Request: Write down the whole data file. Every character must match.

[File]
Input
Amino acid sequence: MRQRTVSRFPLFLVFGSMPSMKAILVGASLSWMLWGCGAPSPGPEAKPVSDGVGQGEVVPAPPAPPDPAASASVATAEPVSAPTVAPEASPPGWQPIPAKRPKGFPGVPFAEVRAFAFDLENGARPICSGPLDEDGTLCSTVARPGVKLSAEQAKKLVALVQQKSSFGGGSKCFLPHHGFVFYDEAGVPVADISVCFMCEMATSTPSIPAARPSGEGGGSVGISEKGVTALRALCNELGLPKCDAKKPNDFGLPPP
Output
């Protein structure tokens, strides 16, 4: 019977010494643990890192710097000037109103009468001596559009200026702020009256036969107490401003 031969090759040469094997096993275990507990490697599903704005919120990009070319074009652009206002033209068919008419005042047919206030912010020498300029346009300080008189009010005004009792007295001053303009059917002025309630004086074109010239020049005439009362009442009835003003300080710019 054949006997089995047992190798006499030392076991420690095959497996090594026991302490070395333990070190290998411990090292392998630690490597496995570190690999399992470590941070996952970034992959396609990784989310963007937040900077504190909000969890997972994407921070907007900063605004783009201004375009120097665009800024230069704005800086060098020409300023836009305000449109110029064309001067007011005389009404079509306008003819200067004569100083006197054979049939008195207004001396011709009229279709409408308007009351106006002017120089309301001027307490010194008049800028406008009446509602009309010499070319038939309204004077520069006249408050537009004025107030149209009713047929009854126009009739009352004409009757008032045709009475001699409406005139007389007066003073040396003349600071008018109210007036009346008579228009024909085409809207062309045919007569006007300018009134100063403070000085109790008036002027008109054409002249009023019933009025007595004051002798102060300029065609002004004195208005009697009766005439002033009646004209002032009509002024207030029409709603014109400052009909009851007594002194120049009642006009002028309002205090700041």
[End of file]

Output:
Input
Amino acid sequence: MRQRTVSRFPLFLVFGSMPSMKAILVGASLSWMLWGCGAPSPGPEAKPVSDGVGQGEVVPAPPAPPDPAASASVATAEPVSAPTVAPEASPPGWQPIPAKRPKGFPGVPFAEVRAFAFDLENGARPICSGPLDEDGTLCSTVARPGVKLSAEQAKKLVALVQQKSSFGGGSKCFLPHHGFVFYDEAGVPVADISVCFMCEMATSTPSIPAARPSGEGGGSVGISEKGVTALRALCNELGLPKCDAKKPNDFGLPPP
Output
């Protein structure tokens, strides 16, 4: 019977010494643990890192710097000037109103009468001596559009200026702020009256036969107490401003 031969090759040469094997096993275990507990490697599903704005919120990009070319074009652009206002033209068919008419005042047919206030912010020498300029346009300080008189009010005004009792007295001053303009059917002025309630004086074109010239020049005439009362009442009835003003300080710019 054949006997089995047992190798006499030392076991420690095959497996090594026991302490070395333990070190290998411990090292392998630690490597496995570190690999399992470590941070996952970034992959396609990784989310963007937040900077504190909000969890997972994407921070907007900063605004783009201004375009120097665009800024230069704005800086060098020409300023836009305000449109110029064309001067007011005389009404079509306008003819200067004569100083006197054979049939008195207004001396011709009229279709409408308007009351106006002017120089309301001027307490010194008049800028406008009446509602009309010499070319038939309204004077520069006249408050537009004025107030149209009713047929009854126009009739009352004409009757008032045709009475001699409406005139007389007066003073040396003349600071008018109210007036009346008579228009024909085409809207062309045919007569006007300018009134100063403070000085109790008036002027008109054409002249009023019933009025007595004051002798102060300029065609002004004195208005009697009766005439002033009646004209002032009509002024207030029409709603014109400052009909009851007594002194120049009642006009002028309002205090700041």